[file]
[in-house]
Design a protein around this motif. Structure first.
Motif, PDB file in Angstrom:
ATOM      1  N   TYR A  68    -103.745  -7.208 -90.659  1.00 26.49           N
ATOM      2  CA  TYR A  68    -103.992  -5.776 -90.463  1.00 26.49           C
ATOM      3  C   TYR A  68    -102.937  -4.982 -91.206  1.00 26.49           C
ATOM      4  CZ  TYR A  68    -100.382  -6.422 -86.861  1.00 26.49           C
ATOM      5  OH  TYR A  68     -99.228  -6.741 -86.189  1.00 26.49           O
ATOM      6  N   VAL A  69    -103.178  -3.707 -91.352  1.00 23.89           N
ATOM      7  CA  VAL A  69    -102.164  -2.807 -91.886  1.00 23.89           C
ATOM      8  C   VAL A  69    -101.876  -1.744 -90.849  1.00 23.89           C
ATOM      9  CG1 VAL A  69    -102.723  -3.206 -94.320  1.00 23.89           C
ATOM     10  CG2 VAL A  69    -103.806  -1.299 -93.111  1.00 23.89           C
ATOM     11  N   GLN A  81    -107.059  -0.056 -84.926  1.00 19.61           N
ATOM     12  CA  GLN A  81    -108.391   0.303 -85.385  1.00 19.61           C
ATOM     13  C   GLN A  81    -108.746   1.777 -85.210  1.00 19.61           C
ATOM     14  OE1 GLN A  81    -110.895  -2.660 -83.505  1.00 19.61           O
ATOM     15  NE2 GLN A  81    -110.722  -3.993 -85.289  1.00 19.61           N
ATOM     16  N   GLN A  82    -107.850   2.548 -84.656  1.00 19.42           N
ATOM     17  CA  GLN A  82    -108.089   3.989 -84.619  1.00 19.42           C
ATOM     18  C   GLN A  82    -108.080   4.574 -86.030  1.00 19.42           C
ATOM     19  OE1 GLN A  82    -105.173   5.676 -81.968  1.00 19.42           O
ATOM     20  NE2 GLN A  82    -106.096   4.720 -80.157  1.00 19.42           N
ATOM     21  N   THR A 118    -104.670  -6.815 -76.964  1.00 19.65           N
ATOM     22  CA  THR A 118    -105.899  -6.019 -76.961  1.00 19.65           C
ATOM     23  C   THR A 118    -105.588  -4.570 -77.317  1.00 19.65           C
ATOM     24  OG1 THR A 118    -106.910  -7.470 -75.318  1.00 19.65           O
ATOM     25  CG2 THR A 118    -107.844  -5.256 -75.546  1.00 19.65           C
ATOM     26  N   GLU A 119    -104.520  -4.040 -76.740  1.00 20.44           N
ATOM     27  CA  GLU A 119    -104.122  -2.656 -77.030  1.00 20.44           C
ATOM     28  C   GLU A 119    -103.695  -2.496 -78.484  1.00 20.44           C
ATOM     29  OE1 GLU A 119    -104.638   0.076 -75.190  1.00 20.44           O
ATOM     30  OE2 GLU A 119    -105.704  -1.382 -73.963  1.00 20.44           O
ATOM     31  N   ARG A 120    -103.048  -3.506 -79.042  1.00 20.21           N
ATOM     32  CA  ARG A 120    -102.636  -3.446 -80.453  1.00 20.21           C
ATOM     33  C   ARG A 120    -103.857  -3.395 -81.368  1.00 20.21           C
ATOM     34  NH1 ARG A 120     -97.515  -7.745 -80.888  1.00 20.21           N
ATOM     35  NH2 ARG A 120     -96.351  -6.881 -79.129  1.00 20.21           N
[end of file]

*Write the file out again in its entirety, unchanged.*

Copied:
[in-house]
Design a protein around this motif. Structure first.
Motif, PDB file in Angstrom:
ATOM      1  N   TYR A  68    -103.745  -7.208 -90.659  1.00 26.49           N
ATOM      2  CA  TYR A  68    -103.992  -5.776 -90.463  1.00 26.49           C
ATOM      3  C   TYR A  68    -102.937  -4.982 -91.206  1.00 26.49           C
ATOM      4  CZ  TYR A  68    -100.382  -6.422 -86.861  1.00 26.49           C
ATOM      5  OH  TYR A  68     -99.228  -6.741 -86.189  1.00 26.49           O
ATOM      6  N   VAL A  69    -103.178  -3.707 -91.352  1.00 23.89           N
ATOM      7  CA  VAL A  69    -102.164  -2.807 -91.886  1.00 23.89           C
ATOM      8  C   VAL A  69    -101.876  -1.744 -90.849  1.00 23.89           C
ATOM      9  CG1 VAL A  69    -102.723  -3.206 -94.320  1.00 23.89           C
ATOM     10  CG2 VAL A  69    -103.806  -1.299 -93.111  1.00 23.89           C
ATOM     11  N   GLN A  81    -107.059  -0.056 -84.926  1.00 19.61           N
ATOM     12  CA  GLN A  81    -108.391   0.303 -85.385  1.00 19.61           C
ATOM     13  C   GLN A  81    -108.746   1.777 -85.210  1.00 19.61           C
ATOM     14  OE1 GLN A  81    -110.895  -2.660 -83.505  1.00 19.61           O
ATOM     15  NE2 GLN A  81    -110.722  -3.993 -85.289  1.00 19.61           N
ATOM     16  N   GLN A  82    -107.850   2.548 -84.656  1.00 19.42           N
ATOM     17  CA  GLN A  82    -108.089   3.989 -84.619  1.00 19.42           C
ATOM     18  C   GLN A  82    -108.080   4.574 -86.030  1.00 19.42           C
ATOM     19  OE1 GLN A  82    -105.173   5.676 -81.968  1.00 19.42           O
ATOM     20  NE2 GLN A  82    -106.096   4.720 -80.157  1.00 19.42           N
ATOM     21  N   THR A 118    -104.670  -6.815 -76.964  1.00 19.65           N
ATOM     22  CA  THR A 118    -105.899  -6.019 -76.961  1.00 19.65           C
ATOM     23  C   THR A 118    -105.588  -4.570 -77.317  1.00 19.65           C
ATOM     24  OG1 THR A 118    -106.910  -7.470 -75.318  1.00 19.65           O
ATOM     25  CG2 THR A 118    -107.844  -5.256 -75.546  1.00 19.65           C
ATOM     26  N   GLU A 119    -104.520  -4.040 -76.740  1.00 20.44           N
ATOM     27  CA  GLU A 119    -104.122  -2.656 -77.030  1.00 20.44           C
ATOM     28  C   GLU A 119    -103.695  -2.496 -78.484  1.00 20.44           C
ATOM     29  OE1 GLU A 119    -104.638   0.076 -75.190  1.00 20.44           O
ATOM     30  OE2 GLU A 119    -105.704  -1.382 -73.963  1.00 20.44           O
ATOM     31  N   ARG A 120    -103.048  -3.506 -79.042  1.00 20.21           N
ATOM     32  CA  ARG A 120    -102.636  -3.446 -80.453  1.00 20.21           C
ATOM     33  C   ARG A 120    -103.857  -3.395 -81.368  1.00 20.21           C
ATOM     34  NH1 ARG A 120     -97.515  -7.745 -80.888  1.00 20.21           N
ATOM     35  NH2 ARG A 120     -96.351  -6.881 -79.129  1.00 20.21           N